It is sometimes a daunting challenge having a large dob. You spend the time painstakingly looking for a specific object when someone invariably asks “can I see?” Under normal circumstances I would use my tried and true delaying tactics, but when it’s your 6-year old son who knows most of your traits, you have no choice but to relinquish the controls to the next generation observer. The problem is typical for most of us without tracking, your finely searched object has left the eyepiece by the time you come down off the ladder and escort the young one up to the top hoping they can reach the faint photon extractor. John Causland has no idea how I jealous I am!
The nearly perfect solution and excuse to execute it came upon me this past February. It was a Meade 60AZ-T refractor as a birthday gift for my son. Is it a great telescope? Hardly, but for a young explorer wanting to spend time with dad it was a decent starting spot without spending a small fortune. Had I spent more I would have started looking for a convenient “second” scope to carry around with more bells and whistles and called it mine. But I’ll get to that later.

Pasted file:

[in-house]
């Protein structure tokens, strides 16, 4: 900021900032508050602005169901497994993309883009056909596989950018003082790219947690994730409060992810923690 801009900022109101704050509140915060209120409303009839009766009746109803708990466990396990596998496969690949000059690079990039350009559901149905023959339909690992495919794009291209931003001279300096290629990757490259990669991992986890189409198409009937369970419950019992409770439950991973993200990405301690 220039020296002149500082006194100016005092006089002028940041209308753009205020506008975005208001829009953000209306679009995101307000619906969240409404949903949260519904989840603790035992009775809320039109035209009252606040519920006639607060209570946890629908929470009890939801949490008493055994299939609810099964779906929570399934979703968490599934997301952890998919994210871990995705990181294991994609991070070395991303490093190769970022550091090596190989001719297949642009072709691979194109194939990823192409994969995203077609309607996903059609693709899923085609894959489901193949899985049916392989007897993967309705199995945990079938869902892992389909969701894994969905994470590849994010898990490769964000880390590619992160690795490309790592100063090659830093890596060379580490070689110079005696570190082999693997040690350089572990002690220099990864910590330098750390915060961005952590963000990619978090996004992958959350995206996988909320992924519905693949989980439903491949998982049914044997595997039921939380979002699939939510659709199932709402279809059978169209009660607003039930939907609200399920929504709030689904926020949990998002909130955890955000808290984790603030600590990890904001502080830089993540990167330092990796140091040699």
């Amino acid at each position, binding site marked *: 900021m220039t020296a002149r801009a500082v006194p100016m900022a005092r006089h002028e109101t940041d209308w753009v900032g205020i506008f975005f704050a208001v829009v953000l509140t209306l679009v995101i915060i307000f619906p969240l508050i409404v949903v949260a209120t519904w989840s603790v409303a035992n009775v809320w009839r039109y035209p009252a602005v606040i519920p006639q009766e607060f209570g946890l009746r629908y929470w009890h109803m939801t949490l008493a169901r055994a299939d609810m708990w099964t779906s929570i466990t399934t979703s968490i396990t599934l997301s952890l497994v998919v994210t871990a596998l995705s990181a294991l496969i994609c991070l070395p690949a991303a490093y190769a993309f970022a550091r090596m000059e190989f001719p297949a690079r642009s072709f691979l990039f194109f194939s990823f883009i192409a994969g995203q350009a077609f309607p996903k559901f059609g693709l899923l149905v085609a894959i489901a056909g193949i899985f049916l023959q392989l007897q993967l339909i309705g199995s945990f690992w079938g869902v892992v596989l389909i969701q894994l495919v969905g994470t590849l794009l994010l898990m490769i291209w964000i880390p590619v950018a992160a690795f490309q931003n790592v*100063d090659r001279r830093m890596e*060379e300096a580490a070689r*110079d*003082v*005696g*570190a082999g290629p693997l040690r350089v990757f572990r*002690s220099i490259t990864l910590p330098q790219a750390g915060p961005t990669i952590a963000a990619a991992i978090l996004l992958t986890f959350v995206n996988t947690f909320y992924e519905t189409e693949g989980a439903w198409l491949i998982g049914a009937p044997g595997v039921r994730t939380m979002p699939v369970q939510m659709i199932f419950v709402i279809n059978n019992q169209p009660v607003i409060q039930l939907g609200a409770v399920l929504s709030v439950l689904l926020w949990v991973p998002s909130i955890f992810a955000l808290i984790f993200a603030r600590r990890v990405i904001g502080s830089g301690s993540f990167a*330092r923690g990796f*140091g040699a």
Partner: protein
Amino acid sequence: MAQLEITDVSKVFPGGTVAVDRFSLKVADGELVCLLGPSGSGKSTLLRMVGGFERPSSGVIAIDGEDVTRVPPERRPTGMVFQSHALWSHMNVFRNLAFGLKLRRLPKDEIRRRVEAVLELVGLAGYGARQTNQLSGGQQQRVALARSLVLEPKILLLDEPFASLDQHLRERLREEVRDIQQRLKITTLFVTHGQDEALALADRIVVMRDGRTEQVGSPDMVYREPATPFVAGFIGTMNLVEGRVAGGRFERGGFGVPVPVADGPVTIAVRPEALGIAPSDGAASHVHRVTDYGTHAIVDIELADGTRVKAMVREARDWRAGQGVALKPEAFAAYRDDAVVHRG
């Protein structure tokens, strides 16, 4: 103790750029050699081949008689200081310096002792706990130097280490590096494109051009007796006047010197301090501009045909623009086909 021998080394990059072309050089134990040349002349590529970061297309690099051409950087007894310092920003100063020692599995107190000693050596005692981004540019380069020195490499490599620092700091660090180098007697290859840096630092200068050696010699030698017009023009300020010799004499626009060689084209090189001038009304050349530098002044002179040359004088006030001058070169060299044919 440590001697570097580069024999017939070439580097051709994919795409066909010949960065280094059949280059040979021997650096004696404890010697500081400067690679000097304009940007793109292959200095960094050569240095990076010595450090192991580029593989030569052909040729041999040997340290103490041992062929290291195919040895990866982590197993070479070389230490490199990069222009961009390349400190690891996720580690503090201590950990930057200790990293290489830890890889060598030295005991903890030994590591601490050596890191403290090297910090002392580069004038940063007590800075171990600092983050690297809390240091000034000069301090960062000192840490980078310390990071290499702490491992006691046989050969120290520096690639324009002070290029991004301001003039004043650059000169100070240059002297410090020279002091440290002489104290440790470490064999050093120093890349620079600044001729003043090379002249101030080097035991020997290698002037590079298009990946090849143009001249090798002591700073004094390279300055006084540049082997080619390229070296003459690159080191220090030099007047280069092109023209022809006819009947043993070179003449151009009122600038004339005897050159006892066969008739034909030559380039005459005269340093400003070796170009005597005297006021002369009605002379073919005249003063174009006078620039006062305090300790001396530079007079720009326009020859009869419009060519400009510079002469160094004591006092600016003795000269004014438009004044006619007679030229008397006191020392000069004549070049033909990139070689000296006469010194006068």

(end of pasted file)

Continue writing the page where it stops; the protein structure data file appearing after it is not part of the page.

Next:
As usual with a child opening a gift there is the initial excitement. Then it was tempered by the fact that it was still daylight. Luckily I had thought ahead far enough to purchase a scope that could be used for spotting, a definite plus for kids wanting to explore the great outdoors. We had fun observing bird nests and wildlife but my little astronomer was keen on seeing Saturn and the “the other galaxies.” His biggest issue would be learning to have some patience waiting for clear, dark skies. And waiting, and waiting, and waiting.
It’s tough being six. Just when you see the clouds starting to break mom informs him it’s time for bed, and that was in February. This time change in the spring has to be eating him up, and I feel his pain. It took a while, but a weekend finally rolled around with clear skies and voila! It was like magic for him. Since I am a beginner astronomer I now have incentive to learn more, and quickly. It’s amazing how fast the young ones can start rattling off questions. But we survived by pulling out a sky atlas and took a quick tour of the cosmic neighborhood.
I wanted to keep it simple so that he could repeat the viewing session on his own. Except that we ended up going down “equipment road.” After experiencing views of the moon, M31, M42, M45 and the like, he was getting frustrated that everything was “leaving.” After a quick explanation of celestial movement and tracking he had decided that he needs a better scope. Bigger and with that tracking thing! Best of all he was willing to save up his allowance to do so and would then bequeath his current scope to his younger brother. Kind of brings a tear to your eye doesn’t it? An added bonus is that I can guide him in his purchase of my second, excuse me, his second scope. He already plans on charging me pay per view.